First things first. It is not every day that one has the pleasure to watch an international and stellar cast in roles far away from stereotypical. French dark diva Isabelle Huppert plays Isabelle (pictured above), a veteran war correspondent and mother to two boys: Jonah (Hollywood star Jesse Eisenberg) and Conrad (the newcomer Devin Druid). After tragedy struck, Gene (Irish actor and filmmaker Gabriel Byrne) is trying to rebuild his life and to become a more confident father figure. The main characters are engaged in profound and complex conflicts with each other. It is a very emotional tale in which men are expressing their emotions of loss and maladjustment with erratic and irrational behaviour.
This is the first English-spoken feature by the Norwegian director and writer Joachim Trier. The pressure is on because his two previous films Reprise (2006) and Oslo, August 31st (2011) were very successful. Trier’s style obeys a rule: content and format have to be connected on a fundamental level. Louder Than Bombs is told through flashbacks and it is constantly shifting its narrative focus.
It gradually becomes clear through Isabelle’s confessions what is it that is louder than bombs. Her internal conflict as a mother was much intenser than as a war photographer. Here it becomes evident why Huppert was cast as the mother: usually she is not very maternal.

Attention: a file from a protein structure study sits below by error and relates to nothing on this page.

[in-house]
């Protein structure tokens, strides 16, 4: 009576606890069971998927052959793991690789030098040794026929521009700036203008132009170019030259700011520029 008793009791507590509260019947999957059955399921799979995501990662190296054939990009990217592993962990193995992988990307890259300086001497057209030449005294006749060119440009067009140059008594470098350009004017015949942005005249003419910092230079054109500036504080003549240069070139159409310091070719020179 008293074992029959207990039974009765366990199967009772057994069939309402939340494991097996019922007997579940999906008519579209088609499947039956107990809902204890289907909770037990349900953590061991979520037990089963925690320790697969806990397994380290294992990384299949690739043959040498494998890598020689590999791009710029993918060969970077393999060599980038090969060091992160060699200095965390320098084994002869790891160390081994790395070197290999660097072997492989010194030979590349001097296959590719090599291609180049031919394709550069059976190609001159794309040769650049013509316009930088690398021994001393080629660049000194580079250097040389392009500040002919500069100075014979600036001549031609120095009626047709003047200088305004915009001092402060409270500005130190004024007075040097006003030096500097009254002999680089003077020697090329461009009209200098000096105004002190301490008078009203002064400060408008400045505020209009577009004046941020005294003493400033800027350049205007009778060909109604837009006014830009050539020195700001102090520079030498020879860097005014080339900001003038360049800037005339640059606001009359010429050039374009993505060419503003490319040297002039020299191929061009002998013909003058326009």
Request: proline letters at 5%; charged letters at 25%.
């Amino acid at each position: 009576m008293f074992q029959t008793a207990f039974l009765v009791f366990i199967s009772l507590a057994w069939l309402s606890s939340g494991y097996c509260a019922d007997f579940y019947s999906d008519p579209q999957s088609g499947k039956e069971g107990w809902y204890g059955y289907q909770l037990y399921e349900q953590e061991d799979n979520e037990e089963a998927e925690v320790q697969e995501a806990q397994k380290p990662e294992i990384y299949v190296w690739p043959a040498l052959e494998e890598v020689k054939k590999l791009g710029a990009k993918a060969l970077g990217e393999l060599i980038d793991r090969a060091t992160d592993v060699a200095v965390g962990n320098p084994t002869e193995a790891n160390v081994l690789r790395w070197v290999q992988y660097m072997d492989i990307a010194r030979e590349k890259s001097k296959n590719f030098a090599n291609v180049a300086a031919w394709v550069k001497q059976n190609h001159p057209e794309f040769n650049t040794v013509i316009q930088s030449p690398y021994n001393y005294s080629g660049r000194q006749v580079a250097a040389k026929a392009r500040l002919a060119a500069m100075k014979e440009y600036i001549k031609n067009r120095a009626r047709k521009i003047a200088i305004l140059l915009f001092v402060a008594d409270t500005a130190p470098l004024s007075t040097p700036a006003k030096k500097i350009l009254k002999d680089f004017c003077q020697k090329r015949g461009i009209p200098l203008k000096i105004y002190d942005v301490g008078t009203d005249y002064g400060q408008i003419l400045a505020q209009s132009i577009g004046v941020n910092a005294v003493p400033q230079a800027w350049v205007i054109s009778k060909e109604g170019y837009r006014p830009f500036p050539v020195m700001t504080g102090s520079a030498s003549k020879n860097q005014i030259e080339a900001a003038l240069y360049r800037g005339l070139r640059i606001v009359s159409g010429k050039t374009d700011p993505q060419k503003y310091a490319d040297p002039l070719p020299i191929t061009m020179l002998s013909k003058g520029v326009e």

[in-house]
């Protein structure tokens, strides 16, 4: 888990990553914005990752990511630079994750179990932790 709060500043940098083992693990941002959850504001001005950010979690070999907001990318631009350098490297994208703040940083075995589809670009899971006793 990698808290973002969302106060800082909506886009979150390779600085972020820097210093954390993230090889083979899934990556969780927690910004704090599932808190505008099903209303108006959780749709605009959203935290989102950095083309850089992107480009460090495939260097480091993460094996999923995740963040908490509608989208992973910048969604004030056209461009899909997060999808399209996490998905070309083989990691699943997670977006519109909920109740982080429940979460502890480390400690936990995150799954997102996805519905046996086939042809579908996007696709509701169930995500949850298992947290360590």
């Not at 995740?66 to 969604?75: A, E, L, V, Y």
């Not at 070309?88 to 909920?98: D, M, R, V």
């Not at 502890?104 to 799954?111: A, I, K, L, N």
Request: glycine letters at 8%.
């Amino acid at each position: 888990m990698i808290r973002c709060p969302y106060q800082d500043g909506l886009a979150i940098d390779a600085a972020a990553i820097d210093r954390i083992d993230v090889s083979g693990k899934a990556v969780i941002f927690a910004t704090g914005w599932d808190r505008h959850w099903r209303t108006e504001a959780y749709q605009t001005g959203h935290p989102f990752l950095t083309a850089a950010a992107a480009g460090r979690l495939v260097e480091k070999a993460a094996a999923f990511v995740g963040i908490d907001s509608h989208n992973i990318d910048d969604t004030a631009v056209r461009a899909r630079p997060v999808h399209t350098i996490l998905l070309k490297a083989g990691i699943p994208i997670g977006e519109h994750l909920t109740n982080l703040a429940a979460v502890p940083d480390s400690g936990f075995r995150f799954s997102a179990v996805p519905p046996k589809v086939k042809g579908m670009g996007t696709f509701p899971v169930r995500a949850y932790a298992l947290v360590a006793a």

The details of the routine of the three male characters serve to prove that individuality is above the family structure, a very Scandinavian characteristic. Despite being set in the US, the plot has very little related to American family conflicts. Likewise Festen (Thomas Vinterberg, 1998), it comes a moment when this family has to deal with some unpleasant family truths.
The film also touches on the ethical questions about photographing people and their misery. Trier says that he took the subject from Susan Sontag’s book Regarding the Pain of Others, that discusses the representation of other people’s grief and how to convey them without being patronising and vulgar. In this sense, Louder Than Bombs echoes Redacted (Brian de Palma, 2007). The mockumentary reenacts some episodes of the US Army soldiers killings in the Iraq war. The way he portrays the rape of an Iraqi girl and its consequent anti-American sentiment reveal eventually a piece of anti-war propaganda. Both movies question how to broadcast war and pain.
Disillusionment guides the narrative, sometimes there is a sense that the dialogues are too intellectualised and that the film is a little self-conceited. Louder Than Bombs is still an effective movie: in the end it is poetry that speaks louder.
Louder than Bombs is out in cinemas on Friday April 22nd. You can watch the film trailer below: